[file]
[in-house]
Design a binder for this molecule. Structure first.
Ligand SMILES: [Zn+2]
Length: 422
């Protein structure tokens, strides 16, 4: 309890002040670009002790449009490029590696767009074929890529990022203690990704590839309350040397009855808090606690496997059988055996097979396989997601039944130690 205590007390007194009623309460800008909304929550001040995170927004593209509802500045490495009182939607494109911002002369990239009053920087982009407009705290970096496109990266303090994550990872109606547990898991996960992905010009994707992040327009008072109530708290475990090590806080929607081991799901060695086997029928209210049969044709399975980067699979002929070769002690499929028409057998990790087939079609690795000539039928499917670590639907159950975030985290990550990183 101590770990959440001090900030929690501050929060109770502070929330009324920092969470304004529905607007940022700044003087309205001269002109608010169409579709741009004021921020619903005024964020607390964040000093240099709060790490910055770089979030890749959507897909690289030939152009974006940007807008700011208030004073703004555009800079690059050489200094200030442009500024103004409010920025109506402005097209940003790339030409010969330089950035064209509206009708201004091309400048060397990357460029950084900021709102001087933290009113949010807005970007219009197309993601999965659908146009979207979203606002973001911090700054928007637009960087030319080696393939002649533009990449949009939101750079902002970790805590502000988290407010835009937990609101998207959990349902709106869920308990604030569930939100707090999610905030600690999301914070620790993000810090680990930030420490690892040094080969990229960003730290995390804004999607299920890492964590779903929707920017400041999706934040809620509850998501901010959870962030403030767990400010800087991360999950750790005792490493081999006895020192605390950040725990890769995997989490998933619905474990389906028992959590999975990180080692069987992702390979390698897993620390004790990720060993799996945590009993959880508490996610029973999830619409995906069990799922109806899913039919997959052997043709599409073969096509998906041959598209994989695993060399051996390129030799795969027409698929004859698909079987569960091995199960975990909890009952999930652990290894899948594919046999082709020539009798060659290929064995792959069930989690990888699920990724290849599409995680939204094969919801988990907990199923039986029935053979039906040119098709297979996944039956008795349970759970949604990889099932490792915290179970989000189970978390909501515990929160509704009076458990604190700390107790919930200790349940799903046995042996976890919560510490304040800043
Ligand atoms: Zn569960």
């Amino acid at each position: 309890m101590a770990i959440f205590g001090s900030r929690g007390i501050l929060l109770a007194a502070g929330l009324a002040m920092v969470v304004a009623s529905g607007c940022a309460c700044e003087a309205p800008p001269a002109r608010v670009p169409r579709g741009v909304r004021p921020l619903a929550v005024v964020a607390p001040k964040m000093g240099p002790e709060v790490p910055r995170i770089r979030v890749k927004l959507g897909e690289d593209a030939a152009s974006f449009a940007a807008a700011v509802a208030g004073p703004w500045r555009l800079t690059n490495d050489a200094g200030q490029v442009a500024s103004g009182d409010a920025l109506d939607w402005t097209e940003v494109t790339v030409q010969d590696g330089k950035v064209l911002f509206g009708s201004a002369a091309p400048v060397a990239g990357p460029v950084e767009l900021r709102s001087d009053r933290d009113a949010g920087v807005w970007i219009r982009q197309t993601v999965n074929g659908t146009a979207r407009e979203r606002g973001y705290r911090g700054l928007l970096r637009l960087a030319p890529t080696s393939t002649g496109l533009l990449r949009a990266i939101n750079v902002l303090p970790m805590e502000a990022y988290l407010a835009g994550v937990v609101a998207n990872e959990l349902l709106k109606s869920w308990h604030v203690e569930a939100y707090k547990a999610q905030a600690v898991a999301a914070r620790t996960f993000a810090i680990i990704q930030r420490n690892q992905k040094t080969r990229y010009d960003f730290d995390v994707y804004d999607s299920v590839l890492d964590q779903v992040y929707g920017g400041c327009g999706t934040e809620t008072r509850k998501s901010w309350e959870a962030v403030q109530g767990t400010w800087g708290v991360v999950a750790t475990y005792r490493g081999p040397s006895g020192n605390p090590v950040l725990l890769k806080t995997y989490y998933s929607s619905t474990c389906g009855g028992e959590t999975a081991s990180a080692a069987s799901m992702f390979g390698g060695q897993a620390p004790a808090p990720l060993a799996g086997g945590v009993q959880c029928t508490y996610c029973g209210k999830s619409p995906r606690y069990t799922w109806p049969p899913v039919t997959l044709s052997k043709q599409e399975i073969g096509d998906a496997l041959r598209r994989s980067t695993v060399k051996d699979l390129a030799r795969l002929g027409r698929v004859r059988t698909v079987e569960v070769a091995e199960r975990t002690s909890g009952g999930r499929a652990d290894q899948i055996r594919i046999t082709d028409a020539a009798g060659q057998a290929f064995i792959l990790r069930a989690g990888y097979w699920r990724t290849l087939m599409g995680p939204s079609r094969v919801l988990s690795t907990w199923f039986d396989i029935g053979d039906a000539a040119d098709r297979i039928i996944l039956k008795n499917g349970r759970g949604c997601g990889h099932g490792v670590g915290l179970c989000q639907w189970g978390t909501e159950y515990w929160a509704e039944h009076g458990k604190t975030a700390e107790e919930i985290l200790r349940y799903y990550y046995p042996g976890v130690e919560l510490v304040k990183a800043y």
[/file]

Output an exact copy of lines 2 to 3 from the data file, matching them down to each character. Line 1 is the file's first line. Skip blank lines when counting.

Design a binder for this molecule. Structure first.
Ligand SMILES: [Zn+2]